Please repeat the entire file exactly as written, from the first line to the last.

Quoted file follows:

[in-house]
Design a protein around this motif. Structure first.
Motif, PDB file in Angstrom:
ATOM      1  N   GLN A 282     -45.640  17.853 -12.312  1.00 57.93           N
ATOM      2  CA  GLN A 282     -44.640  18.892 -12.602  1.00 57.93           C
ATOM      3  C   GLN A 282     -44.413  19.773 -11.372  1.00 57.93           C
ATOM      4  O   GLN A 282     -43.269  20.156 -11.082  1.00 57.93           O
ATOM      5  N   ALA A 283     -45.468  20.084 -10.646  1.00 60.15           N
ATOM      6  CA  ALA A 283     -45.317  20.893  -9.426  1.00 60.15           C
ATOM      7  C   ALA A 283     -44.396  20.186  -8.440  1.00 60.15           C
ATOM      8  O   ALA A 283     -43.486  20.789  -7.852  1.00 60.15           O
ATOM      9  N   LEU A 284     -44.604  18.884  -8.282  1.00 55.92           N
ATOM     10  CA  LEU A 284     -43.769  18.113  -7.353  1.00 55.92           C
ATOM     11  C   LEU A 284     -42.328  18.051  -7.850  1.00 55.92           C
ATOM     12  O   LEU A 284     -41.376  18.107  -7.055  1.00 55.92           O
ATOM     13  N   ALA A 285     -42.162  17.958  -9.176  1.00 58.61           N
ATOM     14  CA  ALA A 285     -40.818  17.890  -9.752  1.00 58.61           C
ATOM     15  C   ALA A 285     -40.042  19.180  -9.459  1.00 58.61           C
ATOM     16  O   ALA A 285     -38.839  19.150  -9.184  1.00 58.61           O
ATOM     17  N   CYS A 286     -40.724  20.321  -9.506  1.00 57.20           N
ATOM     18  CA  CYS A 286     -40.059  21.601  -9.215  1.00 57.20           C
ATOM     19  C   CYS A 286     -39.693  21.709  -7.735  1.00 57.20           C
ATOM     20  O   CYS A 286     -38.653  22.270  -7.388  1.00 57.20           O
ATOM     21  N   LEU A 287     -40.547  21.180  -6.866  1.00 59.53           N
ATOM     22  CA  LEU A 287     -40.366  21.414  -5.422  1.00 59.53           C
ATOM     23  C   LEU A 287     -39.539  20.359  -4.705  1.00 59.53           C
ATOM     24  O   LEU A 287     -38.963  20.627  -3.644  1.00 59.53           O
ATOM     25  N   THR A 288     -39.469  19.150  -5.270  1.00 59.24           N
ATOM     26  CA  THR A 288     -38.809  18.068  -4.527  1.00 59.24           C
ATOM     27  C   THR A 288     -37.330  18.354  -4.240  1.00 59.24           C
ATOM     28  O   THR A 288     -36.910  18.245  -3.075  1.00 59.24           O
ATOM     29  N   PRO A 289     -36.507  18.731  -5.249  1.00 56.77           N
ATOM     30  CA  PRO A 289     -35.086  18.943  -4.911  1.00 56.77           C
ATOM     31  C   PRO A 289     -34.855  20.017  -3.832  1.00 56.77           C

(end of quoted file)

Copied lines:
[in-house]
Design a protein around this motif. Structure first.
Motif, PDB file in Angstrom:
ATOM      1  N   GLN A 282     -45.640  17.853 -12.312  1.00 57.93           N
ATOM      2  CA  GLN A 282     -44.640  18.892 -12.602  1.00 57.93           C
ATOM      3  C   GLN A 282     -44.413  19.773 -11.372  1.00 57.93           C
ATOM      4  O   GLN A 282     -43.269  20.156 -11.082  1.00 57.93           O
ATOM      5  N   ALA A 283     -45.468  20.084 -10.646  1.00 60.15           N
ATOM      6  CA  ALA A 283     -45.317  20.893  -9.426  1.00 60.15           C
ATOM      7  C   ALA A 283     -44.396  20.186  -8.440  1.00 60.15           C
ATOM      8  O   ALA A 283     -43.486  20.789  -7.852  1.00 60.15           O
ATOM      9  N   LEU A 284     -44.604  18.884  -8.282  1.00 55.92           N
ATOM     10  CA  LEU A 284     -43.769  18.113  -7.353  1.00 55.92           C
ATOM     11  C   LEU A 284     -42.328  18.051  -7.850  1.00 55.92           C
ATOM     12  O   LEU A 284     -41.376  18.107  -7.055  1.00 55.92           O
ATOM     13  N   ALA A 285     -42.162  17.958  -9.176  1.00 58.61           N
ATOM     14  CA  ALA A 285     -40.818  17.890  -9.752  1.00 58.61           C
ATOM     15  C   ALA A 285     -40.042  19.180  -9.459  1.00 58.61           C
ATOM     16  O   ALA A 285     -38.839  19.150  -9.184  1.00 58.61           O
ATOM     17  N   CYS A 286     -40.724  20.321  -9.506  1.00 57.20           N
ATOM     18  CA  CYS A 286     -40.059  21.601  -9.215  1.00 57.20           C
ATOM     19  C   CYS A 286     -39.693  21.709  -7.735  1.00 57.20           C
ATOM     20  O   CYS A 286     -38.653  22.270  -7.388  1.00 57.20           O
ATOM     21  N   LEU A 287     -40.547  21.180  -6.866  1.00 59.53           N
ATOM     22  CA  LEU A 287     -40.366  21.414  -5.422  1.00 59.53           C
ATOM     23  C   LEU A 287     -39.539  20.359  -4.705  1.00 59.53           C
ATOM     24  O   LEU A 287     -38.963  20.627  -3.644  1.00 59.53           O
ATOM     25  N   THR A 288     -39.469  19.150  -5.270  1.00 59.24           N
ATOM     26  CA  THR A 288     -38.809  18.068  -4.527  1.00 59.24           C
ATOM     27  C   THR A 288     -37.330  18.354  -4.240  1.00 59.24           C
ATOM     28  O   THR A 288     -36.910  18.245  -3.075  1.00 59.24           O
ATOM     29  N   PRO A 289     -36.507  18.731  -5.249  1.00 56.77           N
ATOM     30  CA  PRO A 289     -35.086  18.943  -4.911  1.00 56.77           C
ATOM     31  C   PRO A 289     -34.855  20.017  -3.832  1.00 56.77           C